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By Glenn McNatt and Glenn McNatt,SUN ART CRITIC | August 7, 2000
For the august judges at Baltimore's Edward A. Garmatz federal courthouse, May 30 might as well have been called Black Tuesday. That day marked the return of their nemesis to the courthouse plaza, a whimsically painted outdoor sculpture by New York artist George Sugarman entitled "Baltimore Federal." Over the past quarter century, the court's sober-minded jurists had come to loathe the work heartily. It was removed three years ago for repairs, and it's recent return to the Garmatz building inevitably ignited longstanding local grumbling.
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By Glenn McNatt and Glenn McNatt,SUN ART CRITIC | August 7, 2000
For the august judges at Baltimore's Edward A. Garmatz federal courthouse, May 30 might as well have been called Black Tuesday. That day marked the return of their nemesis to the courthouse plaza, a whimsically painted outdoor sculpture by New York artist George Sugarman entitled "Baltimore Federal." Over the past quarter century, the court's sober-minded jurists had come to loathe the work heartily. It was removed three years ago for repairs, and it's recent return to the Garmatz building inevitably ignited longstanding local grumbling.
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By Brenda J. Buote and Brenda J. Buote,SUN STAFF | October 9, 1997
For two decades, few people have understood the multicolored metal sculpture outside Baltimore's federal courthouse. Even fewer have liked it.As workers at the Edward A. Garmatz federal courthouse finished dismantling "Baltimore Federal" yesterday and sent it away for a five-month makeover, many who work at the building expressed hope it would never return."
NEWS
July 10, 1995
The controversy over the George Sugarman sculpture at the entrance to the Garmatz Federal Courthouse in downtown Baltimore is one of the city's longer-running disputes. The federal judges say the brightly colored metal structure detracts from the dignity of the court. Yet many people think the piece is a welcome relief from the relentless grayness of the federal building.Then came a bombshell from U.S. Marshal Scott A. Sewell, who called Mr. Sugarman's work a security risk in the aftermath of the Oklahoma City bombing and asked that it be removed.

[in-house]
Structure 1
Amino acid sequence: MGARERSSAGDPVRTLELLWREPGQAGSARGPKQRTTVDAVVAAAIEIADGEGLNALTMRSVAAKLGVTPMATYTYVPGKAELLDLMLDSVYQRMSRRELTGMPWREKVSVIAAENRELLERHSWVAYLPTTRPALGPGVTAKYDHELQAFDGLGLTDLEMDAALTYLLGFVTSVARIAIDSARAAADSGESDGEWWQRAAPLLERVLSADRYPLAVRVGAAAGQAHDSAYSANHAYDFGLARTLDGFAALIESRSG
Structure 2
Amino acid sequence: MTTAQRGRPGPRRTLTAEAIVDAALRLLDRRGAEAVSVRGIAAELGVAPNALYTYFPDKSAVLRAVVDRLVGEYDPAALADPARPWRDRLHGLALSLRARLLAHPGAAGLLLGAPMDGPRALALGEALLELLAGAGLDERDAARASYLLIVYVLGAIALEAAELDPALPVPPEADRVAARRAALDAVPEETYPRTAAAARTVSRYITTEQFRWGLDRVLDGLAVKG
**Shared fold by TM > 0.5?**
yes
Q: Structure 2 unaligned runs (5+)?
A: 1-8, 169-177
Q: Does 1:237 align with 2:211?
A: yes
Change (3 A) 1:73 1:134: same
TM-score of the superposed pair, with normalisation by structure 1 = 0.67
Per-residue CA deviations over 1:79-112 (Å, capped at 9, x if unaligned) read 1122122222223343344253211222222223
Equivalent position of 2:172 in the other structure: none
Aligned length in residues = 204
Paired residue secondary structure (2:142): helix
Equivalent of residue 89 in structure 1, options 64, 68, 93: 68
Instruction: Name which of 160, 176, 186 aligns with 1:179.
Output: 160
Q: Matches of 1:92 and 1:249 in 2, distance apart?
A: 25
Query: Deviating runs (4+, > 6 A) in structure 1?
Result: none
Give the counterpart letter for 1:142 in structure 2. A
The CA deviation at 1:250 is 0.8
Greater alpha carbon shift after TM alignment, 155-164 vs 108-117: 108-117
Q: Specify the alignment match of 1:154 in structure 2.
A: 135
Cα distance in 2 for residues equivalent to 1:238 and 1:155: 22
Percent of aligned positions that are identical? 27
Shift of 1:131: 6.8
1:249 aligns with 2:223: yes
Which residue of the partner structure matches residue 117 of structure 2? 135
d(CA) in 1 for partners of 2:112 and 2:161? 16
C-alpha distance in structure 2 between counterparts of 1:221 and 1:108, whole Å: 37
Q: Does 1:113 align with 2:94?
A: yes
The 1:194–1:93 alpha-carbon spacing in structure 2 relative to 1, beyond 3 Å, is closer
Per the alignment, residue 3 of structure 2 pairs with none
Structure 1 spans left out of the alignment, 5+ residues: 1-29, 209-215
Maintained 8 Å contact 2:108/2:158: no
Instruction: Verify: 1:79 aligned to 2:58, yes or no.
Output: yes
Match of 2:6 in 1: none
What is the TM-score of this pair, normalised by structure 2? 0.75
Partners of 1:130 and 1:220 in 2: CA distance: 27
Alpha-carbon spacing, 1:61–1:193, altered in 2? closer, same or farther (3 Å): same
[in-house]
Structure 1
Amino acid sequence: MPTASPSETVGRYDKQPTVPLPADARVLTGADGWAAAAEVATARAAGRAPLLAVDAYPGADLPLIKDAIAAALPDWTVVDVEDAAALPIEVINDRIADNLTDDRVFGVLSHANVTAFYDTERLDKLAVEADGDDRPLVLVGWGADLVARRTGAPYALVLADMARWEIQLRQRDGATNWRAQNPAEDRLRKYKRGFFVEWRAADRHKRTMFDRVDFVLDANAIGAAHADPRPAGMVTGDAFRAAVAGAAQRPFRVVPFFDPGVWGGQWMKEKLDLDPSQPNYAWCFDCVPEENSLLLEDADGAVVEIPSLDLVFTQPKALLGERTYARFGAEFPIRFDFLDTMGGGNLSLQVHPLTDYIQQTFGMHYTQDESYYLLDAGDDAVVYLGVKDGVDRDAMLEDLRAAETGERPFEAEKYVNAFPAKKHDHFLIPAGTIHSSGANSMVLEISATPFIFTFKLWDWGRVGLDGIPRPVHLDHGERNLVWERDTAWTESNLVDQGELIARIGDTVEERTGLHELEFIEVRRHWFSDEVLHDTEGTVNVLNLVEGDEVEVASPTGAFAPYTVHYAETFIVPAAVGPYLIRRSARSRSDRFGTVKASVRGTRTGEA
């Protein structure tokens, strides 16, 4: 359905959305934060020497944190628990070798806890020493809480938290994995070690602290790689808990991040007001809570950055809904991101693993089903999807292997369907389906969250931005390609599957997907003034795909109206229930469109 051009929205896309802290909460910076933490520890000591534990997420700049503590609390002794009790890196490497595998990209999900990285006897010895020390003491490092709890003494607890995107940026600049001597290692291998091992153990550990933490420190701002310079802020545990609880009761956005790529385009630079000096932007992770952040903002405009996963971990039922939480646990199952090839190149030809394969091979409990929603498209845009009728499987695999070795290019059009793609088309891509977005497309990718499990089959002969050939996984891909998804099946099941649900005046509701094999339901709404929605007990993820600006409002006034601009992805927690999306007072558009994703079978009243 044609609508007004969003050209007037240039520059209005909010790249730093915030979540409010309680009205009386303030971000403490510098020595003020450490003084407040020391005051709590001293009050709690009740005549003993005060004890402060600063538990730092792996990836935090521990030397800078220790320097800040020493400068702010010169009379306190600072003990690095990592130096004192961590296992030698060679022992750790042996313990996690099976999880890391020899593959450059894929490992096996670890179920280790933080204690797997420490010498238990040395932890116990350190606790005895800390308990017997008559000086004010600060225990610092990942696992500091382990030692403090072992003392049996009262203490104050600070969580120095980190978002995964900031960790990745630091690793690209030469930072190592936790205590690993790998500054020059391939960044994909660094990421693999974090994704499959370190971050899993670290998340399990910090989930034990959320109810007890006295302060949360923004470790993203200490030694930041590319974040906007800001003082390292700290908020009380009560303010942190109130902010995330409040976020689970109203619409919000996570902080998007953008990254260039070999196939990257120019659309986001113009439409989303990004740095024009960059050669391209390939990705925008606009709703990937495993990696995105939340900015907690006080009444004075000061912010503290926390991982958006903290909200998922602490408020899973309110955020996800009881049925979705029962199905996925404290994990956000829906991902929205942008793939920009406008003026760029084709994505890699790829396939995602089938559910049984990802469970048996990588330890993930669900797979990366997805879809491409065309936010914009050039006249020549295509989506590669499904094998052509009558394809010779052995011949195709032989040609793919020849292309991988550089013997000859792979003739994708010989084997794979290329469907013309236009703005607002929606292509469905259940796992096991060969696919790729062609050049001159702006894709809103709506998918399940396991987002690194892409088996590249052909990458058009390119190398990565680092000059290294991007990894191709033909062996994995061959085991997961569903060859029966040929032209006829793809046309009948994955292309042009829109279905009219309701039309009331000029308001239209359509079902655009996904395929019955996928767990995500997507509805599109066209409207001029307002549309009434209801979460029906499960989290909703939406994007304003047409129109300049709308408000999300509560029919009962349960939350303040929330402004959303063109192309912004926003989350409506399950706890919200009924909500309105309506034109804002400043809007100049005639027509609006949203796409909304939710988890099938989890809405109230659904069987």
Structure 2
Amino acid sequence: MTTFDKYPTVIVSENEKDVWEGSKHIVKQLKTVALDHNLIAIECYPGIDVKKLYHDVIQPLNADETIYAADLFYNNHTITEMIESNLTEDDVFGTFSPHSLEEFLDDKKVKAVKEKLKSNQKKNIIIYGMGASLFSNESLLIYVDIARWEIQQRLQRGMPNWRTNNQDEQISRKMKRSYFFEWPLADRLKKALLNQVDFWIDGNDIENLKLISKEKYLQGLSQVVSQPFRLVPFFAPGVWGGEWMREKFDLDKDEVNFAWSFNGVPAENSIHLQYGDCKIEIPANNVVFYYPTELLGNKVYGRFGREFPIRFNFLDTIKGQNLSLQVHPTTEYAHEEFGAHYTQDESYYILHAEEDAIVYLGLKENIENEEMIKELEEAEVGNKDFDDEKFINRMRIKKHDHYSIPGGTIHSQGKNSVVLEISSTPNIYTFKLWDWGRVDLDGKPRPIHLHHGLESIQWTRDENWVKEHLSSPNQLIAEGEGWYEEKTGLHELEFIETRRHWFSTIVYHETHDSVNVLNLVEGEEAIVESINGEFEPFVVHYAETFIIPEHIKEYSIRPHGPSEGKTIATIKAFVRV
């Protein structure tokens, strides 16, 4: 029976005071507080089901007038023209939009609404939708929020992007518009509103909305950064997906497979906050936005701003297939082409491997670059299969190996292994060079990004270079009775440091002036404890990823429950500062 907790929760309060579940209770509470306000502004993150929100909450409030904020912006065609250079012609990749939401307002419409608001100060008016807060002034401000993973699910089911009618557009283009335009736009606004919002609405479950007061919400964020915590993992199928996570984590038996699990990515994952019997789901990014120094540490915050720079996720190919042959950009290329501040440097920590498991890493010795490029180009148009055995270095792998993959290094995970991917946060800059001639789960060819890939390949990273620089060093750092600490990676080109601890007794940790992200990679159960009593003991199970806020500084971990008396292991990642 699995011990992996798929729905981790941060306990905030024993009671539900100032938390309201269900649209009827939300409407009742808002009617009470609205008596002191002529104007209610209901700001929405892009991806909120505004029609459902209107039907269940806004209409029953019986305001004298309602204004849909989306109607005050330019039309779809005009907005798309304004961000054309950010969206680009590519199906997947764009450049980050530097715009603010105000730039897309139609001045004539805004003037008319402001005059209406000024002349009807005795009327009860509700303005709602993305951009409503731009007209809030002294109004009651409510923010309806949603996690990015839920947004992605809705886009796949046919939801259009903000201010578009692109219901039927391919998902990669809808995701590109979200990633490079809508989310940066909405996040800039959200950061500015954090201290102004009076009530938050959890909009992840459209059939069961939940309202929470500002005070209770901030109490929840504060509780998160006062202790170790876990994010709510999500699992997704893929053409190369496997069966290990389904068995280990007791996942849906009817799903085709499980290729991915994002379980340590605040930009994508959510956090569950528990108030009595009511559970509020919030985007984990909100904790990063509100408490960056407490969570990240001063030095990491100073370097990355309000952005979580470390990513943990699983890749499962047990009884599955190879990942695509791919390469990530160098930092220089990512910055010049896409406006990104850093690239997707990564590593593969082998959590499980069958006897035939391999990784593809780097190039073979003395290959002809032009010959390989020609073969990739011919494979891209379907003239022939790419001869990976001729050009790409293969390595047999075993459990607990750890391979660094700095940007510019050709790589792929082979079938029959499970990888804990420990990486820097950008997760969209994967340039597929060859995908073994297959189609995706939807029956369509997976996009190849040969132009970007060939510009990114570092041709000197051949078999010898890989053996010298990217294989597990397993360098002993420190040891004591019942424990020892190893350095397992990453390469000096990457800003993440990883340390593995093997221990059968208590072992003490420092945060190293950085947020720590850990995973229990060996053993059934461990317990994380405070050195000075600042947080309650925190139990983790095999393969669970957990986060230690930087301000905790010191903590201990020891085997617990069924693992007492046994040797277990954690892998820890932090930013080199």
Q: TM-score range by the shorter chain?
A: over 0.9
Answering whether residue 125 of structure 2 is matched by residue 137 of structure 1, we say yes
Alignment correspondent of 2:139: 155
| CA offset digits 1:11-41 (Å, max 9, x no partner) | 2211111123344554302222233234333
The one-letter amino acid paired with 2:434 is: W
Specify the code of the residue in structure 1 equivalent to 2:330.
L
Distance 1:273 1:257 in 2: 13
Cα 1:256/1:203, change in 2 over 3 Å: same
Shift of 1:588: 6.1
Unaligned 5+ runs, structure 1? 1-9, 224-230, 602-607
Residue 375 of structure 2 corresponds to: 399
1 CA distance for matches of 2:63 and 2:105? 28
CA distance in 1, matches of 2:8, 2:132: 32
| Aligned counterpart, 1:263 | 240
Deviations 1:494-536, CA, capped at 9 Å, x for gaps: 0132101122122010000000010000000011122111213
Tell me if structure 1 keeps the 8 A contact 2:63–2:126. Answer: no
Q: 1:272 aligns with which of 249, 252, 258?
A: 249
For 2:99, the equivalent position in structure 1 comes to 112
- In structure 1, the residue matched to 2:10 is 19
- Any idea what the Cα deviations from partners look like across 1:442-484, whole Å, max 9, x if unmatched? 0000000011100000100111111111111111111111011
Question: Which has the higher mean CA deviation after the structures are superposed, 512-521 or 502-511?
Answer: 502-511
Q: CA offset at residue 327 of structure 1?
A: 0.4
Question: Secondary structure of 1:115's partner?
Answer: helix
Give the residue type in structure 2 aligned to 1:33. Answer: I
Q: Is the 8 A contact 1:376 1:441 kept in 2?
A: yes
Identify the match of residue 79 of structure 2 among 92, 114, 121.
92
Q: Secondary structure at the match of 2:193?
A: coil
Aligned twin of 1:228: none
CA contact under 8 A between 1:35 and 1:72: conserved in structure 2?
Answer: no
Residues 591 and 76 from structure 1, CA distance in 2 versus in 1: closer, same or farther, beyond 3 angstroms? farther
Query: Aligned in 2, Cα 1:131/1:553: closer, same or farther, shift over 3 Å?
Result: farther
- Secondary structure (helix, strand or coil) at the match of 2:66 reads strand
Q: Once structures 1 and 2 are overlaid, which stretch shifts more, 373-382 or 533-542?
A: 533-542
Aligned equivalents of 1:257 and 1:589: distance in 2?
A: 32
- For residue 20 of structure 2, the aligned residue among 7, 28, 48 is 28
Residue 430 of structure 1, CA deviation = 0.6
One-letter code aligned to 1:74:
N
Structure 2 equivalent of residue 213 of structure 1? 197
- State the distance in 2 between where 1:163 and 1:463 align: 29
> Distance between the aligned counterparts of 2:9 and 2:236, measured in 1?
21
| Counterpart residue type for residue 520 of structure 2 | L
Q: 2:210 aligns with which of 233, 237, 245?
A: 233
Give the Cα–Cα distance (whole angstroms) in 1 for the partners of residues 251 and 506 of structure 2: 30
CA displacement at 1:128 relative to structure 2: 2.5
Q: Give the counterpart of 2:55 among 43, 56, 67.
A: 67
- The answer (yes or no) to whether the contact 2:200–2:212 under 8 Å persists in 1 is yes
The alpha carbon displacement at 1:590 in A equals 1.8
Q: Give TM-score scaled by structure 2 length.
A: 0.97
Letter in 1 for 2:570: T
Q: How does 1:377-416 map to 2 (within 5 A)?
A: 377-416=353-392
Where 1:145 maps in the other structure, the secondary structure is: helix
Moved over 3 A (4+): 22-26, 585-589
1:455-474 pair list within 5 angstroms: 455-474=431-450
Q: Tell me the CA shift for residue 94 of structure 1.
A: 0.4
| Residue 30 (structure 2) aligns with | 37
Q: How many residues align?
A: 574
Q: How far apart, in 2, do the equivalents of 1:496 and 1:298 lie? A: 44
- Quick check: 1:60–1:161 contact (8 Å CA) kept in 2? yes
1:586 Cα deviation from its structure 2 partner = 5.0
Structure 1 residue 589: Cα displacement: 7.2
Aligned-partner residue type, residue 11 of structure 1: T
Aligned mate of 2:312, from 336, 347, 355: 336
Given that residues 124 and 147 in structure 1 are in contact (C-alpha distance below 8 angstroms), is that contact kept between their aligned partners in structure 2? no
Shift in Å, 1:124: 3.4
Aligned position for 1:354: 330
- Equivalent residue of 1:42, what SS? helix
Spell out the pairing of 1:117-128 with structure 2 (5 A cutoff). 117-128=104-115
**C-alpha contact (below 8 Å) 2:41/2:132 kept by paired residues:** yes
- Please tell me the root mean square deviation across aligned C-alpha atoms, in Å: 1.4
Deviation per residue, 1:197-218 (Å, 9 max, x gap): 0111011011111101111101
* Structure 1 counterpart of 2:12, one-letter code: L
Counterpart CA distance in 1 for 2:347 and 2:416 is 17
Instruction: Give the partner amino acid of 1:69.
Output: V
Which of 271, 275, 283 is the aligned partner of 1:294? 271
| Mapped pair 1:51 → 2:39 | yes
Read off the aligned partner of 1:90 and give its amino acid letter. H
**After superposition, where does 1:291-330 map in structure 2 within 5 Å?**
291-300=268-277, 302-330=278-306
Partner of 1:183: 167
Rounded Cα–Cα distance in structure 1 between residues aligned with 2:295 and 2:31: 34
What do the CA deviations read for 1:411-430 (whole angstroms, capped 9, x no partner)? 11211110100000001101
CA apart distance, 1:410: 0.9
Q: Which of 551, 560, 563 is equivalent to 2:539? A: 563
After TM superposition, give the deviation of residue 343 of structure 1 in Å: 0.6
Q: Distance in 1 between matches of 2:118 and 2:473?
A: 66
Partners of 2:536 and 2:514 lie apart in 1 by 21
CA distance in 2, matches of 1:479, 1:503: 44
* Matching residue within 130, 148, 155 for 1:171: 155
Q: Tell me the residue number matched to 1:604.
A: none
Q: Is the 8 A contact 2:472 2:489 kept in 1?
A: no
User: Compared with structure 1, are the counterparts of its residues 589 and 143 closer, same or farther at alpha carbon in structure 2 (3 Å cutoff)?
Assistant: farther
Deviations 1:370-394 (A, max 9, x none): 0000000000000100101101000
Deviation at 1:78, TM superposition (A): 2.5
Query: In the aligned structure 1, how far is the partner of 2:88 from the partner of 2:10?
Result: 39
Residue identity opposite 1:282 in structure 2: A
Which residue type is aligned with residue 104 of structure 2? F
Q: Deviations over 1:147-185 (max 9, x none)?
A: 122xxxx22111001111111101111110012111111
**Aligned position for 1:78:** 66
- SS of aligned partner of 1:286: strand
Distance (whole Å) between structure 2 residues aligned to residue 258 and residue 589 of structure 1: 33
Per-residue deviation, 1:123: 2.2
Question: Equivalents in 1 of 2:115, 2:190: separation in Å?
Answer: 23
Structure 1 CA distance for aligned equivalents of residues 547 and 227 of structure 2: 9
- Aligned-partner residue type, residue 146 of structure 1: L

NEWS
September 3, 1999
George Sugarman, 87, a sculptor whose colorful geometric aluminum designs were seen in museums around the world, died Aug. 25 in New York. He made his work friendly, incorporating benches and canopies into the architecturally scaled works.In 1975, one such piece, commissioned by the General Services Administration for the Garmatz Federal Courthouse in Baltimore, was opposed by several judges with offices in the building, first on aesthetic grounds. Later, they said it could be dangerous for children.
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By NEIL A. GRAUER | April 15, 1994
The General Assembly's decision to install a statue of the late Justice Thurgood Marshall on the northwest side of the State House in Annapolis is splendid, appropriate and overdue.Allocating $100,000 for a statue design competition isn't so smart.No need exists for a new, costly competition for a Marshall statue, because a perfectly superb one already exists -- and is in dire need of proper placement.Baltimore's renowned and venerable sculptor Reuben Kramer labored mightily for several years on an exceptionally fine, 8-foot-7-inch-high bronze statue of Justice Marshall, for which the jurist returned to his hometown a number of times to pose.